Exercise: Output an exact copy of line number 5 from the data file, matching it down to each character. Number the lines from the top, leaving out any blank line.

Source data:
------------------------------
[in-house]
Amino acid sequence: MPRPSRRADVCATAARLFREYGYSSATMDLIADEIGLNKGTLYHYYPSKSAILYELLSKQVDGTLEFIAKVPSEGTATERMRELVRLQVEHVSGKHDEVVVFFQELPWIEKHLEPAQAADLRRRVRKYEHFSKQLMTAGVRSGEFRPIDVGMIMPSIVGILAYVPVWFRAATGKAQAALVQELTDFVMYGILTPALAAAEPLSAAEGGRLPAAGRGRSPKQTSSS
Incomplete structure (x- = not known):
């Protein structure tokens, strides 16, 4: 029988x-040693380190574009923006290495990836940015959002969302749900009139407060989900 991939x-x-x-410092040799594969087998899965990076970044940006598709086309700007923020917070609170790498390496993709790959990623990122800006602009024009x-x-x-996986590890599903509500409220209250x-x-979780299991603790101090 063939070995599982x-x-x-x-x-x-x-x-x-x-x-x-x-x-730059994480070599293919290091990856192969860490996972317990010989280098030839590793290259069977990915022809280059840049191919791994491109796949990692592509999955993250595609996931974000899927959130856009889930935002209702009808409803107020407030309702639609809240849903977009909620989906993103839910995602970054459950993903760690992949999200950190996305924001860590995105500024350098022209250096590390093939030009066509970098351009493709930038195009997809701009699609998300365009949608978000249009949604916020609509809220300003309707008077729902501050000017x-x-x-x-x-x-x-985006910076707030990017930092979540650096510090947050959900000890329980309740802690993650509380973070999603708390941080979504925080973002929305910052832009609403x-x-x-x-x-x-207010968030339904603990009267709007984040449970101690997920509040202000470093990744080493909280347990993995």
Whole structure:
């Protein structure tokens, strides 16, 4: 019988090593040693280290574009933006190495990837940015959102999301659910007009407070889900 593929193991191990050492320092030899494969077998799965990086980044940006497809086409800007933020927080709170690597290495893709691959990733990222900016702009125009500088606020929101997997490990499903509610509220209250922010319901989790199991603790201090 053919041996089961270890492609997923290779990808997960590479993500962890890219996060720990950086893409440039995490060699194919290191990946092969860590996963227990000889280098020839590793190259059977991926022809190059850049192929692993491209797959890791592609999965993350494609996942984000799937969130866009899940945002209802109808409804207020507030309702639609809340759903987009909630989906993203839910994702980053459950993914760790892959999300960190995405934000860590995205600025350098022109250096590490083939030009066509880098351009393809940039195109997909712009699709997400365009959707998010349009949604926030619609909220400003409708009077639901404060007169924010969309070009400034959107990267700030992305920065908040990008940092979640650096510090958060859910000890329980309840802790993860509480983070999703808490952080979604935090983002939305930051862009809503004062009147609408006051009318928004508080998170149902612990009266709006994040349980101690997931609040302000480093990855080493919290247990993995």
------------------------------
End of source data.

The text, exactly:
Whole structure: